Alan may be doing his customers a small favor by providing starting points for the four adjustments, but I find it hard to believe that he can do a good job of that simply based on his experience riding his bike, with his shock. There are simply too many variables to hit that on the head; terrain, riding style, lack of good communication with the customer, etc. If he simply tells his customers to start with each adjuster in the middle of the range, and take it from there, he is re-inventing the wheel, so to speak. Nothing new there. The only thing new is the marketing that Chumba is laying down here.
    Serious question but where was this said about custom valving?

  54. #54
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    Quote Originally Posted by airdrawn
    Serious question but where was this said about custom valving?
    in the suspension talk thread; it starts like this:
    http://forums.mtbr.com/showpost.php?...&postcount=551
    to read what happens afterward:
    http://forums.mtbr.com/showthread.php?t=537048&page=6
    scroll down to post 551 on page six, and read it to the bottom of the page. It speaks for itself.
    ****

  55. #55
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    To avoid a flamefest - I'll address all of the details of how we will administer the program in our upcoming newsletter for our customers.
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  56. #56
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    Quote Originally Posted by CHUMBAevo
    To avoid a flamefest - I'll address all of the details of how we will administer the program in our upcoming newsletter for our customers.
    please make this address accessable to those of us that are not your customers as well please.
    ****

  57. #57
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    Man some of you people need to give this a rest. I mean, what the heck does it matter to you what the guy puts on his bike.

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    Quote Originally Posted by Renegade
    please make this address accessable to those of us that are not your customers as well please.
    If you are not a customer and never will be then why are you in here?

  59. #59
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    Quote Originally Posted by NCETRY
    If you are not a customer and never will be then why are you in here?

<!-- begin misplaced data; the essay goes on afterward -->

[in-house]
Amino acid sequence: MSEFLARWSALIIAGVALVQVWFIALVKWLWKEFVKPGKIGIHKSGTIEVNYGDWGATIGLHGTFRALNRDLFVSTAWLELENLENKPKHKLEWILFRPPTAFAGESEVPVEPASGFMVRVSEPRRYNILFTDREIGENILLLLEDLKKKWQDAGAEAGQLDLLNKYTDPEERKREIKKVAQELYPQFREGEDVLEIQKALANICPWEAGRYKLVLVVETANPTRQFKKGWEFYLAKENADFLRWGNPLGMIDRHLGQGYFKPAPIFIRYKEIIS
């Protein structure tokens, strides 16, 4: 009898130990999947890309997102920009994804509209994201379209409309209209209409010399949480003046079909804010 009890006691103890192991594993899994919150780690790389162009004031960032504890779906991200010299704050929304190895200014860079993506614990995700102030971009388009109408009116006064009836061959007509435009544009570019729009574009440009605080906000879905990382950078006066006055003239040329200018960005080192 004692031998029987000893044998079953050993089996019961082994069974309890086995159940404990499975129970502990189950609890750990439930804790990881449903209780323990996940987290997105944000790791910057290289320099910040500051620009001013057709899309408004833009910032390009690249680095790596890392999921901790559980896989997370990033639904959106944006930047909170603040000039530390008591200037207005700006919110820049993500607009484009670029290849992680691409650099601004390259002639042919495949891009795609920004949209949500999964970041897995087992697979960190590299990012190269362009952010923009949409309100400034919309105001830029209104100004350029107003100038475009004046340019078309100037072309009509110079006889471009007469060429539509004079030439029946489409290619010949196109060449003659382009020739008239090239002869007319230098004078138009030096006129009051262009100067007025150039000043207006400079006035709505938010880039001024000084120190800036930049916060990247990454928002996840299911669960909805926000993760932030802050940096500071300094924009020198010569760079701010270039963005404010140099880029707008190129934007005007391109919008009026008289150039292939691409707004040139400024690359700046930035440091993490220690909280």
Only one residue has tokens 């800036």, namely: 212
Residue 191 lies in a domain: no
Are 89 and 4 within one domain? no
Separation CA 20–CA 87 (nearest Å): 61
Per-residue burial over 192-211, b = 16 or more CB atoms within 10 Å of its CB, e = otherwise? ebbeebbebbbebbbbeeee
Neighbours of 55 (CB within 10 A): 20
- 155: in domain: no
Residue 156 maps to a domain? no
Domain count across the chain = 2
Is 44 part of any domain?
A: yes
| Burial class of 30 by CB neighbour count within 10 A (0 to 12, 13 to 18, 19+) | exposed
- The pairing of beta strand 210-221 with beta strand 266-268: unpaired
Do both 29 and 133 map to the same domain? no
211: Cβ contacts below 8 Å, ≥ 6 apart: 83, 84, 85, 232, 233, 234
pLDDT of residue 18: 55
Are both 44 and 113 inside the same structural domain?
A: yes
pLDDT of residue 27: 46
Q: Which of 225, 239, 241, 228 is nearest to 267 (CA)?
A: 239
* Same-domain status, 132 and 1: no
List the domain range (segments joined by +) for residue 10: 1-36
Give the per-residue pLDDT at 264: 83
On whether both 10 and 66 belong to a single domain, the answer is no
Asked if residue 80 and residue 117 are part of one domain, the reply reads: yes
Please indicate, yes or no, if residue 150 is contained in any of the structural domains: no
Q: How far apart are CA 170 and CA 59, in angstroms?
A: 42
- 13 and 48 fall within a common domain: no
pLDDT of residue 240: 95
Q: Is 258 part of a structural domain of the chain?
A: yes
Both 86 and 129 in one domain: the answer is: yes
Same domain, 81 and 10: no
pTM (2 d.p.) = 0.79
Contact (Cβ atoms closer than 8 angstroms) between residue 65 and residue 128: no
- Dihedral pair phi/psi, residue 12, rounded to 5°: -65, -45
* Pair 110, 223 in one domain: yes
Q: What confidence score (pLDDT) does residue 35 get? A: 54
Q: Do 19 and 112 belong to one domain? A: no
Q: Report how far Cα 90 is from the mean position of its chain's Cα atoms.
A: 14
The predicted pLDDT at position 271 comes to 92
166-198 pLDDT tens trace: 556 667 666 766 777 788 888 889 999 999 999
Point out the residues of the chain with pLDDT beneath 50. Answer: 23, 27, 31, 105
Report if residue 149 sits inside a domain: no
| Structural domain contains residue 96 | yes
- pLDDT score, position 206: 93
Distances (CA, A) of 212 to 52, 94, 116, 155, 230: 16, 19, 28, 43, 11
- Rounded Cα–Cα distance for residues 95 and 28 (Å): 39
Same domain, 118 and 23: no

1) It's the internet
    2) this website allows anyone to read threads in any forum, regardless of what kind of bike you own, or plan to own.
    3) I do check out threads related to the ccdb shock.
    4) I check out threads where misconceptions and false declarations about this shock are made.
    5) After reading Alan's Suspension thread, where he set an all time record for BS, and made false claims about the ccdb shock in that thread, and this thread, I am calling him on his Bull s h i t .
    That is why I am here.
    You don't have to like it. You don't have to read my posts.
    ****

  60. #60
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    I personally don't need the protection from all of the internet police that seem to be on MTBR lately.
    Last edited by Bike Poor; 09-16-2009 at 02:55 PM.

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    Quote Originally Posted by Renegade
    please make this address accessable to those of us that are not your customers as well please.
    If you are so interested, you can e-mail me your Name and e-mail address so I can enter you into our database.
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  62. #62
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    Renegade
    I reckon Alans doing a cracking job of not rising to the bait.

    You really should contemplate winding your neck in though. While i agree you have some valid points you're not half boring while trying to make them(again and again and again!). rather than enlighten people it just looks to me that you have an axe to grind. Not sure if it's with the products themselves or the companies who have the brass neck to market them!

    the CCDB is not perfect. I've experienced the same HS spiking as you on some bikes and in certain situations. However, of all the shocks I've tried it is still the best off the peg shock you can buy IMHO.Comparing it to all fox gear from the last 5/6 years, some Marzocchi and a couple of rockshox inc various custom tuned shocks by PUSH and Stendec. True, I may not have experienced any of the 'real' coil shocks that you have. By the way i'm a Cat. A Fox dealer here in the UK and also sell Marzocchi and Rockshox. The mark up on the CCDB is poor in comparison to the others so I've nothing to gain here by promoting it. This is just my personal opinion based on my limited experience.

    It is a tricky and time consuming shock to set up and for Chumba to go to the bother of helping customers out by providing base settings(which they don't have to use should they be competent enough to set up by themselves) is good customer service in my book. yes the ccdb is new to Alan and no doubt he's learning it as he goes but whats wrong with that?

    keep up the good work Alan and don't rise to the bait.

  63. #63
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    In retrospect, yes, I've had a hard-on for Cane creek for a while, and for Alan lately. I have a hard time with manufacturers lying, plain and simple. So I'm going to back off for now.
    ****

  64. #64
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    One of the first reviews of a VF2 w/ CCDB here if you haven't already seen it: http://forums.mtbr.com/showthread.php?t=556173